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The average amount in U.S. savings accounts – how does your cash stack up?

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Many bank accounts hold far less cash than U.S. consumers would need to cover even a few months without income, according to an analysis of federal data.

The median transaction account balance is $5,300, according to the Federal Reserve’s Survey of Consumer Finances (SCF), conducted most recently in 2019. Transaction accounts include savings, checking, money market and call accounts, as well as prepaid debit cards.

Singles and younger adults tend to have less, according to the inflation-adjusted Federal Reserve data.

Key savings statistics

The majority of U.S. households — 98 percent — have a transaction account, such as a savings account, according to the latest SCF data. Those who have both a savings and a checking account may choose to transfer money automatically from one to the other in order to beef up savings.

A well-funded savings account can be useful in an emergency, providing needed funds to cover unforeseen expenses that might otherwise require borrowing. Currently, however, less than half of U.S. households — about 4 in 10 — are able to cover an unexpected $1,000 expense like a car repair or medical bill, a recent Bankrate survey found.

How much does the average household have in savings?

While the median bank account balance is $5,300, according to the latest SCF data, the average — or mean — balance is actually much higher, at $41,600. The median balance may give a clearer picture of how much most U.S. households have saved, since the average figure can be skewed significantly by a small number of outliers with high account balances.

Average U.S. savings account balance
Median bank account balance Mean bank account balance
$5,300 $41,600

Average savings by age

Households with older individuals tend to have higher account balances — up to about three times as high — than younger households. One exception is households with individuals ages 45 to 54, who had higher median balances than those with members ages 55 to 63.

Age Median bank account balance Mean bank account balance
<35 $3,240 $11,250
35-44 $4,710 $27,910
45-54 $6,400 $48,200
55-64 $5,620 $57,670
65-74 $8,000 $60,410
>74 $9,300 $55,320

Average savings by education level

Education level is one of the factors that correlates with bank account balance, based on the SCF data, which indicate that the median and mean balances fluctuate along with how much education an individual has attained. The largest median balance jump is from those with some college ($3,900) to those with a bachelor’s degree ($15,400).

Education Median bank account balance Mean bank account balance
No high school diploma $1,020 $9,190
High school diploma $2,500 $20,100
Some college $3,900 $23,550
Bachelor’s degree $15,400 $78,890

Average savings by income

Similar to age and education level, income amount correlates overall with how much an individual has in savings.

Income Median bank account balance Mean bank account balance
<$20,000 $810 $8,400
$20,000-$39,999 $2,050 $11,260
$40,000-$59,999 $4,320 $16,390
$60,000-$79,999 $10,000 $28,680
$80,000-$89,999 $20,000 $51,840
$90,000-$100,000 $70,000 $229,030

The median account balance for most income groups has progressively increased since the 2013 SCF study. The study is conducted every three years.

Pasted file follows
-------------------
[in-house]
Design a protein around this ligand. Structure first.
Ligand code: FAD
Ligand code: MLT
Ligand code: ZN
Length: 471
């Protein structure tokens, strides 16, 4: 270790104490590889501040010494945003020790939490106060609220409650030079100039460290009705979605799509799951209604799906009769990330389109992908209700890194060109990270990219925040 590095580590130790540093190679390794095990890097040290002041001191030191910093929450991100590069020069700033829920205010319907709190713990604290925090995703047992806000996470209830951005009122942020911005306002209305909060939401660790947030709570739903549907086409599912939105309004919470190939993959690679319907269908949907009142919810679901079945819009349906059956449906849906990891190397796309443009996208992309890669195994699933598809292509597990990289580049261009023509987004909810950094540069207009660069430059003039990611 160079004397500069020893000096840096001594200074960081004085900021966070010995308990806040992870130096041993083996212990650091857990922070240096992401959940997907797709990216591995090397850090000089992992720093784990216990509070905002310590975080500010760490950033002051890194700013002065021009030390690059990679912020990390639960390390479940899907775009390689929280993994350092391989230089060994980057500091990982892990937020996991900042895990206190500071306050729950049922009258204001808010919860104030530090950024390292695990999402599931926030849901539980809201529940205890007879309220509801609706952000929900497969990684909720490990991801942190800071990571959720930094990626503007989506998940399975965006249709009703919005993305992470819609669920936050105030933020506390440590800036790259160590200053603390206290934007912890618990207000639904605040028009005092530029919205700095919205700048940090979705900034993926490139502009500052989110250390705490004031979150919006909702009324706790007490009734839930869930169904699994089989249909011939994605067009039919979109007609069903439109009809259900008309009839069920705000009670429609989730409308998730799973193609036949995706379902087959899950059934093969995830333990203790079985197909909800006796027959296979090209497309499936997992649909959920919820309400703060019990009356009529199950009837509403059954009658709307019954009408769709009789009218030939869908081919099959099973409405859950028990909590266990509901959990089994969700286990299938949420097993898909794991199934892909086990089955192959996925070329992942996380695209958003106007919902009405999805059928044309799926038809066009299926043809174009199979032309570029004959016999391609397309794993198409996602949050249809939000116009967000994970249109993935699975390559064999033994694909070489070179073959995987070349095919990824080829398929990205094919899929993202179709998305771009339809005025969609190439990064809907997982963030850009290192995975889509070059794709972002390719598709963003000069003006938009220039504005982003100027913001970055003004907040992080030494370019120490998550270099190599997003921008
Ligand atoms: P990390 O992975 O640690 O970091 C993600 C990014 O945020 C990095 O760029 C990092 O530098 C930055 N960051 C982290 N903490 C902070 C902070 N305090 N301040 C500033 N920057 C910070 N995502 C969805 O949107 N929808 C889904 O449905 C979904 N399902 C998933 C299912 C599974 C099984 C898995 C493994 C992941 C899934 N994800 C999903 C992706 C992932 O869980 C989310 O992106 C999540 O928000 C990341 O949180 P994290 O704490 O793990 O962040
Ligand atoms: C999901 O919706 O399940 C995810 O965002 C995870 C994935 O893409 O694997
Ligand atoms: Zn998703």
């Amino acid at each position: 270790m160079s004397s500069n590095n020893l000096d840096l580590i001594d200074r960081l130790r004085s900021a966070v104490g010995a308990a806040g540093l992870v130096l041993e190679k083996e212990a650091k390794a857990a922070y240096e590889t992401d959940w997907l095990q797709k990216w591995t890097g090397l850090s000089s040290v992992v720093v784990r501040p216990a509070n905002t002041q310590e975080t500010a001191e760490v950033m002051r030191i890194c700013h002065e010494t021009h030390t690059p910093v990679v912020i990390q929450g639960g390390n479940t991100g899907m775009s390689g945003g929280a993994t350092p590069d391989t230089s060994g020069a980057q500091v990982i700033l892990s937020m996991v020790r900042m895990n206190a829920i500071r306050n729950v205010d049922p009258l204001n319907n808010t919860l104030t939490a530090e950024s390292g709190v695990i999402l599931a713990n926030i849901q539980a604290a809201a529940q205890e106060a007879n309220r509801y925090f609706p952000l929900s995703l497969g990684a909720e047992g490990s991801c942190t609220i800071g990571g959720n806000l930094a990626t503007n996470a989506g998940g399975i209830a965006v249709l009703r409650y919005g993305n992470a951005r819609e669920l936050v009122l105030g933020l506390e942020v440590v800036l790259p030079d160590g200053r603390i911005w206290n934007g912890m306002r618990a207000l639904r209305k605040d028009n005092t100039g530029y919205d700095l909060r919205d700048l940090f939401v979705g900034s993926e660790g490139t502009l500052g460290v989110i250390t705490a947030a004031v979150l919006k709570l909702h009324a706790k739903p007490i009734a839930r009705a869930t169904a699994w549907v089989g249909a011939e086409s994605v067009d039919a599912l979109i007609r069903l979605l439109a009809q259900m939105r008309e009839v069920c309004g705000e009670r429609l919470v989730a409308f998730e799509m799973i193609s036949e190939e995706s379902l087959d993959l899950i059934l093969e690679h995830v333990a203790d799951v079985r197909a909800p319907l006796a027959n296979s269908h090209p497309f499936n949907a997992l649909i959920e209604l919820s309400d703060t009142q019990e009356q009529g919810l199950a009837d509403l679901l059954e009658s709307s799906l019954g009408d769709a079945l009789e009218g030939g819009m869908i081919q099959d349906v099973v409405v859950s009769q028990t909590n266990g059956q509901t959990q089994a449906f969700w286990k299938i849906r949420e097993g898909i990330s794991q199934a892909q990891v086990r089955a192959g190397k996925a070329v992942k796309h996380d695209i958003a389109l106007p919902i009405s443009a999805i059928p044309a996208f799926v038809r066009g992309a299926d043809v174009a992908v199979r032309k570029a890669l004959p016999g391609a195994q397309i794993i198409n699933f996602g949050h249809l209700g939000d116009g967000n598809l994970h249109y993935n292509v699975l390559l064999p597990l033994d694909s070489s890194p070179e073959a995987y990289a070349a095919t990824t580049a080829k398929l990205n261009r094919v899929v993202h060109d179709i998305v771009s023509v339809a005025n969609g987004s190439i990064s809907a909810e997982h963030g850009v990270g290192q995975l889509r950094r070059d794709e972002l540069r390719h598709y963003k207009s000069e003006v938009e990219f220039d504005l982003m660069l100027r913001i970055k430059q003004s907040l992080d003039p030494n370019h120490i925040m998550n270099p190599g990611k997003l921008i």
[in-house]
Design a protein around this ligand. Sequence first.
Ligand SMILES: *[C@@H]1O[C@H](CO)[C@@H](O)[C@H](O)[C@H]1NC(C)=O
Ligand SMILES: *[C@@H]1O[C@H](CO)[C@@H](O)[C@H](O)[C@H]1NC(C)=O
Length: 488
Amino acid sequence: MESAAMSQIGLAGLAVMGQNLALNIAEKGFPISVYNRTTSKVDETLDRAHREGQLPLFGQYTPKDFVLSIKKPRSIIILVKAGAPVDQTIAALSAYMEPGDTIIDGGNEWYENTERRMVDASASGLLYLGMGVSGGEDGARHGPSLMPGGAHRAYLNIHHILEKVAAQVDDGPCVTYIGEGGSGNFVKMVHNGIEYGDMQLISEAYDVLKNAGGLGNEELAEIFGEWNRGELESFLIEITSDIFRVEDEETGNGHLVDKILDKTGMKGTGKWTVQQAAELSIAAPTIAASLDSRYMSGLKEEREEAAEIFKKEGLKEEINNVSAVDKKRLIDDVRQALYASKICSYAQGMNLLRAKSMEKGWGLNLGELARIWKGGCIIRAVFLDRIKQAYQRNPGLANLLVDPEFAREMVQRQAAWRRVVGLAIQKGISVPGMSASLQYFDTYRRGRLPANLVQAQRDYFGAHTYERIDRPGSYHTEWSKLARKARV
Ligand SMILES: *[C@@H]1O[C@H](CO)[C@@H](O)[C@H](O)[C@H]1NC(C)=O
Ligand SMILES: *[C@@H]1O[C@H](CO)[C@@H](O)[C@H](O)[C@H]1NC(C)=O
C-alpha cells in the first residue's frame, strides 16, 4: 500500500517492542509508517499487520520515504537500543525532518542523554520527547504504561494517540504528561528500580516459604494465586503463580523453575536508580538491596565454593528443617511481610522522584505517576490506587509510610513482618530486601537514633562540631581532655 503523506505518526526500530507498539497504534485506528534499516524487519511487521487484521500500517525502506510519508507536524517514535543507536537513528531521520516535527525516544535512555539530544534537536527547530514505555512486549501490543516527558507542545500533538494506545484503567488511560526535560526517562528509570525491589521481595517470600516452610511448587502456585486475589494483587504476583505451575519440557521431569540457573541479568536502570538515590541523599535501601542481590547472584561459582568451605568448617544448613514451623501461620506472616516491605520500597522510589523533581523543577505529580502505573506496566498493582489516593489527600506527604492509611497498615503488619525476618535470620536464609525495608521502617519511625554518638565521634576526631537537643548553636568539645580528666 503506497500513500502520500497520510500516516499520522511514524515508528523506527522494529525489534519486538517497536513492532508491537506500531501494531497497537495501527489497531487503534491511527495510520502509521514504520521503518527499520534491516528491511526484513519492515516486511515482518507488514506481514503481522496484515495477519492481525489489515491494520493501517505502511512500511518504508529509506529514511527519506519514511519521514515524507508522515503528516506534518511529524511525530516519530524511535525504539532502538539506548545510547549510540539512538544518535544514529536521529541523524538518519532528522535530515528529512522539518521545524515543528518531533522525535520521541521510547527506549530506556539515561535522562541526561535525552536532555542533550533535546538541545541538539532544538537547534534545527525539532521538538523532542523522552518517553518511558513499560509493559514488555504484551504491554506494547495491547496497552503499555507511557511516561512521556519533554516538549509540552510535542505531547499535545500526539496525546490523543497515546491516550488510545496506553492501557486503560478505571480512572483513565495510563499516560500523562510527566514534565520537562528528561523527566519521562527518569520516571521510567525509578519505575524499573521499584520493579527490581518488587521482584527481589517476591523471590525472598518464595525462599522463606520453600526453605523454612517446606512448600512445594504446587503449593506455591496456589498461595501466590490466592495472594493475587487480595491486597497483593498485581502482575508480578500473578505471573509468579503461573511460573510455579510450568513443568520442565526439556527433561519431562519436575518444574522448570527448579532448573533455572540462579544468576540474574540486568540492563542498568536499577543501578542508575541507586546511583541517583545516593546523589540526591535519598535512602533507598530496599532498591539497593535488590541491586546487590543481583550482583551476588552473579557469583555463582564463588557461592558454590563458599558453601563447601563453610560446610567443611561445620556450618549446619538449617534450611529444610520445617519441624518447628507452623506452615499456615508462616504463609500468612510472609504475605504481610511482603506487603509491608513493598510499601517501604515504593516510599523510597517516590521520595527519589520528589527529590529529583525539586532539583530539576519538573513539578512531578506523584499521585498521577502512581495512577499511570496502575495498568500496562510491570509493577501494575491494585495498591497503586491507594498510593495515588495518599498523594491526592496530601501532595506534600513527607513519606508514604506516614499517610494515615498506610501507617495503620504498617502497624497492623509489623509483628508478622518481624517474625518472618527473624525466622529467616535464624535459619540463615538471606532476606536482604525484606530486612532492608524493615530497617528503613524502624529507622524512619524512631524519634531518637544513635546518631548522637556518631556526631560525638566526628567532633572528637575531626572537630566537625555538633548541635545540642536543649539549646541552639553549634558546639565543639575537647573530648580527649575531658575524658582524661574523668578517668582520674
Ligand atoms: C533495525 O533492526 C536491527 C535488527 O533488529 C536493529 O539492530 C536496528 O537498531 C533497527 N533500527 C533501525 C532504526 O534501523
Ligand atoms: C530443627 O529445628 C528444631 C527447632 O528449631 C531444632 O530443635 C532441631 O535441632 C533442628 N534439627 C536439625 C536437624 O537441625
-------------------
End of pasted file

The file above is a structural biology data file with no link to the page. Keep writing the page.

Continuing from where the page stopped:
Average savings by race and ethnicity

As far as race, those classified as non-Hispanic Whites and a category of “other” had significantly higher median and mean account balances than those in the Hispanic and African American categories — reflecting a racial wealth gap, as White families hold eight times the wealth of the typical Black family and five times the wealth of the typical Hispanic family.

Race/Ethnicity Median bank account balance Mean bank account balance
White $8,200 $51,510
Black $1,510 $13,270
Latino $1,950 $11,860
Other $5,000 $43,890

How much of our money should go to savings?

Many advisors recommend workers stash away 20 percent of income spread across accounts like certificates of deposit (CDs), money market accounts, savings accounts and other places where money can be protected and grow.

How much someone should tuck away depends on what they’re spending, says Greg McBride, CFA, chief financial analyst for

“The ultimate destination should be enough to cover six months’ expenses, perhaps nine to 12 months for sole breadwinners or self-employed individuals,” McBride says.

The best way to determine your monthly expenses is to create a budget that lists how much money is coming in every month and subtracts that from expense categories like housing, transportation, groceries, entertainment and credit card bills.

The average consumer had about $14,094 in income left over after expenses in 2020, according to a recent Consumer Expenditure Survey published by the U.S. Bureau of Labor Statistics. The data shows the average person shelled out $5,854 a month, meaning, for six months of expenses, they should save at least $35,124, according to McBride’s recommendation.

The bottom line

Even with the challenges of inflation and the ongoing COVID-19 pandemic, having money in the bank to cover emergencies is possible when you have a budget and take control of your spending.

To get the most out of your savings, it pays to shop for the best high-yield savings account. For help with budgeting and saving money, check out Bankrate’s home budget calculator and savings goal calculator.

Learn more:

Written by
Karen Bennett
Consumer banking reporter
Karen Bennett is a consumer banking reporter at Bankrate. She uses her finance writing background to help readers learn more about savings and checking accounts, CDs, and other financial matters.
Edited by
Wealth editor